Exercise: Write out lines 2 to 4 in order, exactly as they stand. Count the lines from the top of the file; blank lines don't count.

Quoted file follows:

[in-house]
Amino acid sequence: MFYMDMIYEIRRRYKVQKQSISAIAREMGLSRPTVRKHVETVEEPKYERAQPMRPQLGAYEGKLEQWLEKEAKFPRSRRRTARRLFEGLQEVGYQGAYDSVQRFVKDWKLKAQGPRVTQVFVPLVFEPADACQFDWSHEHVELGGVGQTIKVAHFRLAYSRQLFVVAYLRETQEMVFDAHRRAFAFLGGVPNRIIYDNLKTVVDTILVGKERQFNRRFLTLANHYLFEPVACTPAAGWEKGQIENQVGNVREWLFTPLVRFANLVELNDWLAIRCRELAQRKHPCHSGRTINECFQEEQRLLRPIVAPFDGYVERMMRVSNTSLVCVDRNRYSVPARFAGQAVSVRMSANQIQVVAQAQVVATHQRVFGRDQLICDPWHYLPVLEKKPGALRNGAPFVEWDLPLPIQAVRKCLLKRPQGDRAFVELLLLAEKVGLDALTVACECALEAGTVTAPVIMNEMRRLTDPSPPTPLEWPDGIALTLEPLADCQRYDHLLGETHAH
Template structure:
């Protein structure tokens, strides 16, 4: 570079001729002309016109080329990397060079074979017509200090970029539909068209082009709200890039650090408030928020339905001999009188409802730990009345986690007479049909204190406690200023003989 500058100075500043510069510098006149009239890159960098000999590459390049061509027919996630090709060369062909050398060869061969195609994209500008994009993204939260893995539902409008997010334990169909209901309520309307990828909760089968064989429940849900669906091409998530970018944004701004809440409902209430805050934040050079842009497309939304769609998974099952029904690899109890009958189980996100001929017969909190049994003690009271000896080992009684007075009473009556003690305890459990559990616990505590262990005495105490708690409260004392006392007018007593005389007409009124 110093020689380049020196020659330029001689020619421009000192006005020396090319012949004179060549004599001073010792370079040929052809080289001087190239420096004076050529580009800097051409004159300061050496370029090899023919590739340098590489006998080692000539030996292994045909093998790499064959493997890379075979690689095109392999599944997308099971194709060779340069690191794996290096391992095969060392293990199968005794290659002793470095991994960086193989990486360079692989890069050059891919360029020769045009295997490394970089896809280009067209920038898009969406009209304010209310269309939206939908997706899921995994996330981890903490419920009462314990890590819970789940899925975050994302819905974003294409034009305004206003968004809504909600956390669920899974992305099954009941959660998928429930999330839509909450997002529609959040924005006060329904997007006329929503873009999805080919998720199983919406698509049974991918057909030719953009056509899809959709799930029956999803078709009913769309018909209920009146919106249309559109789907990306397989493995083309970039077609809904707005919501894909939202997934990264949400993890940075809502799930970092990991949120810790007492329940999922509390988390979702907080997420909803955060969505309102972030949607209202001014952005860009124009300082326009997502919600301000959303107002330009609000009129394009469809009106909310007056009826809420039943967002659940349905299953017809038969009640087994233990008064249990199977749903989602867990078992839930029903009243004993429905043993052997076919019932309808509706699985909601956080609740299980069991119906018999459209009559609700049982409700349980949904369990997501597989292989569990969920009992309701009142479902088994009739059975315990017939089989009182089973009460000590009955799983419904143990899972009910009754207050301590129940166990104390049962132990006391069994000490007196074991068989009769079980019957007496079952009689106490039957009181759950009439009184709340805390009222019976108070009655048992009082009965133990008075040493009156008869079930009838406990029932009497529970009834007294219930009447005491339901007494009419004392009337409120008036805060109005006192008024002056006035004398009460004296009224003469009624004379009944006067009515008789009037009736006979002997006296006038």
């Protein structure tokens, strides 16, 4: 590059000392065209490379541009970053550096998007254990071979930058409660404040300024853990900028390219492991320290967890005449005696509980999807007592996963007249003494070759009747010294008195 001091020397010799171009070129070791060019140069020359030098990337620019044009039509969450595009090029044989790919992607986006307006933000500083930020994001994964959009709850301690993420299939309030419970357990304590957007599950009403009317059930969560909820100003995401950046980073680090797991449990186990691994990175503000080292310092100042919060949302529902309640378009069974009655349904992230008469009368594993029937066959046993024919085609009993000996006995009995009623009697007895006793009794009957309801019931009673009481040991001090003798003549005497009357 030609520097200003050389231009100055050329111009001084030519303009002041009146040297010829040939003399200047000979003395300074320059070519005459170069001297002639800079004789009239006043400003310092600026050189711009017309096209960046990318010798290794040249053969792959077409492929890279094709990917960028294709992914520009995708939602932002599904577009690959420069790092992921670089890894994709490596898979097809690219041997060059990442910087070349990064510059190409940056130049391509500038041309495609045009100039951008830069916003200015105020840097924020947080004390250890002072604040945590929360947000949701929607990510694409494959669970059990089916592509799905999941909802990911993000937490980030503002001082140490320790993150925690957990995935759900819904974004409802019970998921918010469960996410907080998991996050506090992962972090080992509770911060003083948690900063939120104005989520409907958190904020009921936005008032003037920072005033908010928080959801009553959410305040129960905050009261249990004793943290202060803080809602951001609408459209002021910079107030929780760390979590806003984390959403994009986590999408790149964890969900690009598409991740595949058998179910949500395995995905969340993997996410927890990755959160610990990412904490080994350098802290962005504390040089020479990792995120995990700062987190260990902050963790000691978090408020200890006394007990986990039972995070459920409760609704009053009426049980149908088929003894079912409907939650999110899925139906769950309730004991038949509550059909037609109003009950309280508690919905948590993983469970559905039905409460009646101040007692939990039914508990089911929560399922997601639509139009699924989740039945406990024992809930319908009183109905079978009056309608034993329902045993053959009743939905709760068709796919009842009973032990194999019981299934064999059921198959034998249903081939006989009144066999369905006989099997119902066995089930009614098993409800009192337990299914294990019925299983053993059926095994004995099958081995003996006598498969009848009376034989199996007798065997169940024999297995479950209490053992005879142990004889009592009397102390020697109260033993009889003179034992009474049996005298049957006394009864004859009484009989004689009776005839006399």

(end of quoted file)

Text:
Amino acid sequence: MFYMDMIYEIRRRYKVQKQSISAIAREMGLSRPTVRKHVETVEEPKYERAQPMRPQLGAYEGKLEQWLEKEAKFPRSRRRTARRLFEGLQEVGYQGAYDSVQRFVKDWKLKAQGPRVTQVFVPLVFEPADACQFDWSHEHVELGGVGQTIKVAHFRLAYSRQLFVVAYLRETQEMVFDAHRRAFAFLGGVPNRIIYDNLKTVVDTILVGKERQFNRRFLTLANHYLFEPVACTPAAGWEKGQIENQVGNVREWLFTPLVRFANLVELNDWLAIRCRELAQRKHPCHSGRTINECFQEEQRLLRPIVAPFDGYVERMMRVSNTSLVCVDRNRYSVPARFAGQAVSVRMSANQIQVVAQAQVVATHQRVFGRDQLICDPWHYLPVLEKKPGALRNGAPFVEWDLPLPIQAVRKCLLKRPQGDRAFVELLLLAEKVGLDALTVACECALEAGTVTAPVIMNEMRRLTDPSPPTPLEWPDGIALTLEPLADCQRYDHLLGETHAH
Template structure:
């Protein structure tokens, strides 16, 4: 570079001729002309016109080329990397060079074979017509200090970029539909068209082009709200890039650090408030928020339905001999009188409802730990009345986690007479049909204190406690200023003989 500058100075500043510069510098006149009239890159960098000999590459390049061509027919996630090709060369062909050398060869061969195609994209500008994009993204939260893995539902409008997010334990169909209901309520309307990828909760089968064989429940849900669906091409998530970018944004701004809440409902209430805050934040050079842009497309939304769609998974099952029904690899109890009958189980996100001929017969909190049994003690009271000896080992009684007075009473009556003690305890459990559990616990505590262990005495105490708690409260004392006392007018007593005389007409009124 110093020689380049020196020659330029001689020619421009000192006005020396090319012949004179060549004599001073010792370079040929052809080289001087190239420096004076050529580009800097051409004159300061050496370029090899023919590739340098590489006998080692000539030996292994045909093998790499064959493997890379075979690689095109392999599944997308099971194709060779340069690191794996290096391992095969060392293990199968005794290659002793470095991994960086193989990486360079692989890069050059891919360029020769045009295997490394970089896809280009067209920038898009969406009209304010209310269309939206939908997706899921995994996330981890903490419920009462314990890590819970789940899925975050994302819905974003294409034009305004206003968004809504909600956390669920899974992305099954009941959660998928429930999330839509909450997002529609959040924005006060329904997007006329929503873009999805080919998720199983919406698509049974991918057909030719953009056509899809959709799930029956999803078709009913769309018909209920009146919106249309559109789907990306397989493995083309970039077609809904707005919501894909939202997934990264949400993890940075809502799930970092990991949120810790007492329940999922509390988390979702907080997420909803955060969505309102972030949607209202001014952005860009124009300082326009997502919600301000959303107002330009609000009129394009469809009106909310007056009826809420039943967002659940349905299953017809038969009640087994233990008064249990199977749903989602867990078992839930029903009243004993429905043993052997076919019932309808509706699985909601956080609740299980069991119906018999459209009559609700049982409700349980949904369990997501597989292989569990969920009992309701009142479902088994009739059975315990017939089989009182089973009460000590009955799983419904143990899972009910009754207050301590129940166990104390049962132990006391069994000490007196074991068989009769079980019957007496079952009689106490039957009181759950009439009184709340805390009222019976108070009655048992009082009965133990008075040493009156008869079930009838406990029932009497529970009834007294219930009447005491339901007494009419004392009337409120008036805060109005006192008024002056006035004398009460004296009224003469009624004379009944006067009515008789009037009736006979002997006296006038």